The Kingdom of Heaven
Have we lost the true message of Jesus?
To truly understand Jesus, we must comprehend the primary motif of His life: The Kingdom of Heaven. Suprisingly, this primary emphasis of Jesus minsitry is severly misunderstood.
Jesus operated fully within the Hebrew matrix, language and people of His day. He dressed, ate, drank, worshipped, and lived as a Jew.
The Hebrew way of talking about the Lord was a deep reverence for the Name of God given by Himself to Moses at Mt. Sinai. Jews would held the Name in such high regard that they refused to say it, which developed "circumlocutions:" substitute words that every Jew knew meant the holy Name.
One of these end around ways of saying the Name was to use the word for "heaven." We see and example of this in the parable of the prodigal son, where, upon confessing his sin, the prodigal says to his father, "I have sinned against you and against heaven."
For many years, even some of the brightest scholars have confused the scripture on this point, believing the word heaven used as such to be referring to some place where God dwelt.
Instead, we ought to understand it as merely another way of saying the Name of God.
So what is the kingdom of Heaven, anway?
If you use a concordance to find the phrase "the kingdom of heaven" (or kingdom of God) anywhere in the Hebrew Scriptures, we find a suprising number of results: zero.
Importantly, Jesus did not make this term up. We do know that "the kingdom of Heaven" was a highly developed term at this time in Jesus' life. Israel's sages used the term often to describe the ruling, saving, liberating, redemptive acts of God.
For example, according to Israel's teachers, the first instance of the kingdom of God in the Hebrew scriptures was in the book of Exodus, in the "Song of Moses" where Israel is celebrating on of the definitive events of their history: the rescue from the harsh bondage of Egypt.
The Song opens:
"Then Moses and the people of Israel sang this song to the LORD, saying, “I will sing to the LORD, for he has triumphed gloriously; the horse and his rider he has thrown into the sea. The LORD is my strength and my song, and he has become my salvation; this is my God, and I will praise him..." (vss. 1-2)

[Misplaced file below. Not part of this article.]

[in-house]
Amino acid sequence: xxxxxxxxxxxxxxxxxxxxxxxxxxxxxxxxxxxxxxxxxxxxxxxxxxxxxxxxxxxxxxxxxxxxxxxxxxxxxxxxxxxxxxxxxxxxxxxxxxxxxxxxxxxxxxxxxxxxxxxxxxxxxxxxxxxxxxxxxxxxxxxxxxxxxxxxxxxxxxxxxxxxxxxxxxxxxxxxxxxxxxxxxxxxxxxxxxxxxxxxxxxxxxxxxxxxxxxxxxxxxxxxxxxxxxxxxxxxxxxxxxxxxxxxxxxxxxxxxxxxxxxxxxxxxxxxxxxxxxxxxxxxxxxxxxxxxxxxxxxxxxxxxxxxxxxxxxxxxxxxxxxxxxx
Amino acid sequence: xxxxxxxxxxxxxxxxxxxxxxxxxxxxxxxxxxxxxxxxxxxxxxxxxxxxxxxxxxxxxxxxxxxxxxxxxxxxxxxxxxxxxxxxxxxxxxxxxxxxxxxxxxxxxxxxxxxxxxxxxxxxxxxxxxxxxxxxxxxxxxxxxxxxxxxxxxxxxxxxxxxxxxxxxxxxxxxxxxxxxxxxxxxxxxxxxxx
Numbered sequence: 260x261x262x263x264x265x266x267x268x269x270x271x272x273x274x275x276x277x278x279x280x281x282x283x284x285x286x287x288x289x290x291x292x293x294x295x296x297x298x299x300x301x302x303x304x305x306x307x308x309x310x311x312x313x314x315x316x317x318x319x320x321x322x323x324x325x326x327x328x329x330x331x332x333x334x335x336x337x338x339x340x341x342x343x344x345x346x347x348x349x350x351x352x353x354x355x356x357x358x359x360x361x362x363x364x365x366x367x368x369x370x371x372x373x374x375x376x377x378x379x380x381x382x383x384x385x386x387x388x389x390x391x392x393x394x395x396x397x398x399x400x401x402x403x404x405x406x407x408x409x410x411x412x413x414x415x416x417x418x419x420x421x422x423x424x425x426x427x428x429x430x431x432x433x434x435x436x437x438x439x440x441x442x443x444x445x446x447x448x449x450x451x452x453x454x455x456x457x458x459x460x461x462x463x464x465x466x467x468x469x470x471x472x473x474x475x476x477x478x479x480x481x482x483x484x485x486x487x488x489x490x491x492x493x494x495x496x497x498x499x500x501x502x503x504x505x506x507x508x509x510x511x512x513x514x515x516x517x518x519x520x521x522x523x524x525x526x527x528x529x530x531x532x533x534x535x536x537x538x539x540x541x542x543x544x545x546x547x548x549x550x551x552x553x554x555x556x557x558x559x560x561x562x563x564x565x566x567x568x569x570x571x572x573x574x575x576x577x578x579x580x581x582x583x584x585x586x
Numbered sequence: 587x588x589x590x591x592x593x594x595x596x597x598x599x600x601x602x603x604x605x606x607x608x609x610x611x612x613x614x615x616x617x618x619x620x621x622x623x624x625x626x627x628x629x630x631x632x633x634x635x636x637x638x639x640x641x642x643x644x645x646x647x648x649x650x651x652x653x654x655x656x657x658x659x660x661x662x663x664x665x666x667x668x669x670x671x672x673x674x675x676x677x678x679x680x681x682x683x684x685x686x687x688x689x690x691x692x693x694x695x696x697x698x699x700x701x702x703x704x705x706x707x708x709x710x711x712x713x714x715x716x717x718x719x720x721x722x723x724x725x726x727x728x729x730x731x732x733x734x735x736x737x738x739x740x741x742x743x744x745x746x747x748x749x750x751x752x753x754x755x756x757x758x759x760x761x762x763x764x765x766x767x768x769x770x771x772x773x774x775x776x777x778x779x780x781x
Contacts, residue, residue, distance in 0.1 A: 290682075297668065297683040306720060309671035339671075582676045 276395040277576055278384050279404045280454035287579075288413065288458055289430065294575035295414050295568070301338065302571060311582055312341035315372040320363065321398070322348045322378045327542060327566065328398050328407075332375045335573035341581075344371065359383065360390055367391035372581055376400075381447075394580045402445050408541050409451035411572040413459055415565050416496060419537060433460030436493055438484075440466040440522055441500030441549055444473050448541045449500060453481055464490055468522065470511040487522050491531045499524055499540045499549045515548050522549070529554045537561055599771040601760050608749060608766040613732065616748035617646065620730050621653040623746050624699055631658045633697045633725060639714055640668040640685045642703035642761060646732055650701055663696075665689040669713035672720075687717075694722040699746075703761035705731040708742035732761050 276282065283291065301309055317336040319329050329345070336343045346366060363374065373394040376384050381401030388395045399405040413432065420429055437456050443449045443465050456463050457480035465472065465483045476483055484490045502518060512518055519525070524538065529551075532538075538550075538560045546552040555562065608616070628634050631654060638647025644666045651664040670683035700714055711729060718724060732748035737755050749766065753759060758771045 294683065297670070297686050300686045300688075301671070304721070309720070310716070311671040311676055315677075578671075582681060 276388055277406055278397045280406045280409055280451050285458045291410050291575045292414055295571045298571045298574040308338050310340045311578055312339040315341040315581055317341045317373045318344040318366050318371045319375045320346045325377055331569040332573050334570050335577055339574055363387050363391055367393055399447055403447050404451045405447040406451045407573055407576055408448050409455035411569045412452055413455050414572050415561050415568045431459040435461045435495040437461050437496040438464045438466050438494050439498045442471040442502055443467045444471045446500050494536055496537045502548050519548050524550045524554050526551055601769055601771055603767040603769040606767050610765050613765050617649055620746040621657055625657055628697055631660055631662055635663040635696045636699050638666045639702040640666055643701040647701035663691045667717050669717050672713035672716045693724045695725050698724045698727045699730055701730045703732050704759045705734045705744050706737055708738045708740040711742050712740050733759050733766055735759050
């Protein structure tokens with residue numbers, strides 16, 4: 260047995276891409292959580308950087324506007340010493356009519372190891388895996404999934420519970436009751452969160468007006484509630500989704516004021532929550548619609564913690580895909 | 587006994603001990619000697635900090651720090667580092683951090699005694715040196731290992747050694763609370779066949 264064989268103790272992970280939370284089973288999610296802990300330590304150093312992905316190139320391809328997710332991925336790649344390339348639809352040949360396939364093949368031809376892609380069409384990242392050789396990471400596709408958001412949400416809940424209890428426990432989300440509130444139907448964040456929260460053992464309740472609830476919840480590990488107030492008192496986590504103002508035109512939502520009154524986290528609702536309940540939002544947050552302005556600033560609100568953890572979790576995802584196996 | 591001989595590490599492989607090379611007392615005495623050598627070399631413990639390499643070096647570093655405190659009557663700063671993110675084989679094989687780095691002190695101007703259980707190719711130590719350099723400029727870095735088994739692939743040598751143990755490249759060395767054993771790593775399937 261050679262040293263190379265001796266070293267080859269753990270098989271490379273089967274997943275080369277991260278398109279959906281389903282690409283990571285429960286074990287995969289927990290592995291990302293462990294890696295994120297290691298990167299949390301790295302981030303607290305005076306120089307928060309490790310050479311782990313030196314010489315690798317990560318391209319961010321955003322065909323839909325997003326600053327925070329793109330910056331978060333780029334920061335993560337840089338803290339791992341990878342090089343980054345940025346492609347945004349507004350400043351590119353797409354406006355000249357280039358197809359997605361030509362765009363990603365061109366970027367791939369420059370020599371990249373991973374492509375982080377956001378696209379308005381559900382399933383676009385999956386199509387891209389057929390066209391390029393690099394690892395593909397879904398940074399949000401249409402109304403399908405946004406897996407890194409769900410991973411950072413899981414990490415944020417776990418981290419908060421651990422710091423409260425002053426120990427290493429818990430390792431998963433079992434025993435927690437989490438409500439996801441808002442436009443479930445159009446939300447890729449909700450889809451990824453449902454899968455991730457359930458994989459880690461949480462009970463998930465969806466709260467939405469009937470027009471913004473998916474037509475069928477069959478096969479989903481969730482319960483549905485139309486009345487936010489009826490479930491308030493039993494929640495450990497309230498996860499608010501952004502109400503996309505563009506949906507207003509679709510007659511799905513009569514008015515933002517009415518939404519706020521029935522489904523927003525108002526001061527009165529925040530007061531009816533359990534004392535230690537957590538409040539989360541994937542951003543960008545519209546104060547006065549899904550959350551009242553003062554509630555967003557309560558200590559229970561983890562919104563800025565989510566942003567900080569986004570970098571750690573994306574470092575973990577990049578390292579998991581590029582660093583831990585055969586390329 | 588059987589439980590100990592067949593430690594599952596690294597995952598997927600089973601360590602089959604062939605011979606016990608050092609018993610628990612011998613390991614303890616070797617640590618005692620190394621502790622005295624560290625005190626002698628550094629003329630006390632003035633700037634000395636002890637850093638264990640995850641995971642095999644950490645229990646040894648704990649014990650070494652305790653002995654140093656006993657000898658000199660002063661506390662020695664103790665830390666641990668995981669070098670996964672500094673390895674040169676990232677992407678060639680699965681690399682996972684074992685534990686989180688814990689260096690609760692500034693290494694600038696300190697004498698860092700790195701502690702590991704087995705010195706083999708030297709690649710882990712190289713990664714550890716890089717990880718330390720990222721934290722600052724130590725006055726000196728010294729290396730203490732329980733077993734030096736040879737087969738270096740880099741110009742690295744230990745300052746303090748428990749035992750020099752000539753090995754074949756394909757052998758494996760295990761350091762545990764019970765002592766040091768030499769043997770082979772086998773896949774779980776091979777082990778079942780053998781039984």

The LORD had "become their salvation" in that final rescuing act of demolishing Pharoah's army in the Red Sea. At the end of the song...
"You will bring them in and plant them on your own mountain,the place, O LORD, which you have made for your abode, the sanctuary, O Lord, which your hands have established. The LORD will reign forever and ever.” (vss. 17-18)
The verb "to reign" used here the verb form of the noun used for "king."
Concisely then, the "kingdom of heaven" was God breaking into the world with a redemptive, saving act.
Jesus took this well known term and made it His own, proclaiming that the "kingdom of heaven is at hand" at the initiation of His public life and ministry. "At hand" was just a way of saying, it's here.
The Kingdom of Heaven is Now.
Why did Jesus make the claim that the kingdom of heaven had arrived?
The primary answer is that the King-Messiah had arrived in the person of Himself. Since the King was here, the kingdom was here.
But Jesus didn't just proclaim the kingdom's arrival...
Explaining the Kingdom of Heaven
Jesus used this phrase also to describe those who were a committed part of His movement. In the opening of that passage we call "The Sermon on the Mount," Jesus said,
"Blessed are the poor in spirit, for theirs is the kingdom of Heaven."
In other words, to be a part of the kingdom of God on was required a certain humility ("poor in spirit").
Jesus went on use the term many times over in this core body of His teaching to describe a way of living for those in His movement:
"But seek first the kingdom of God and his righteousness, and all these things will be added to you" (Matthew 6:33)
The kindom of God (heaven) was of utmost importance in setting priorities. Jesus went on to use "the kingdom of God" in his teaching about prayer (Matthew 6:10), persecution (Matthew 5:10) and obedience to God's word (Matthew 5:19).
Illustrating the Kingdom of Heaven
Jesus used another unique cultural device found only in Jewish literature and the Bible: Parables.
To explain the nature of His movement, he compared to
- a mustard seed (Matthew 13:31)
- leaven (Matthew 13:33)
- planting seed (Matthew 13:24)
- a treasure hidden in a field (Matthew 13:44)
- a fishing net (Matthew 13:47)
- and several others...
Demonstrating the Kingdom
The most dramatic communication of the Kingdom comes through Jesus acts of healing, rescuing from demonic oppression, etc. For example, upon casting out one demon, Jesus said,
"But if it is by the finger of God that I cast out demons, then the kingdom of God has come upon you." (Luke 11:20)
By rescuing this a man from the horrors of demonic oppression, Jesus said the kingdom had broken in upon that man at that moment. Jesus would go on to perform many other acts of redemption and healing to show that the Kingdom had arrived on earth.
Of course, by means of His death on the cross and victorious resurrection he would provide the ultimate means of healing, redemption and restoration for those wishing to become a part of the Kingdom of Heaven.
This raises a whole new set of questions for those desiring to follow Jesus. Have we lost the true message of Jesus? If the core motif of Jesus ministry was the kingdom of Heaven, why do we talk about it so little?
Continue to part 2 of this article: Implications of the Kingdom of Heaven for Today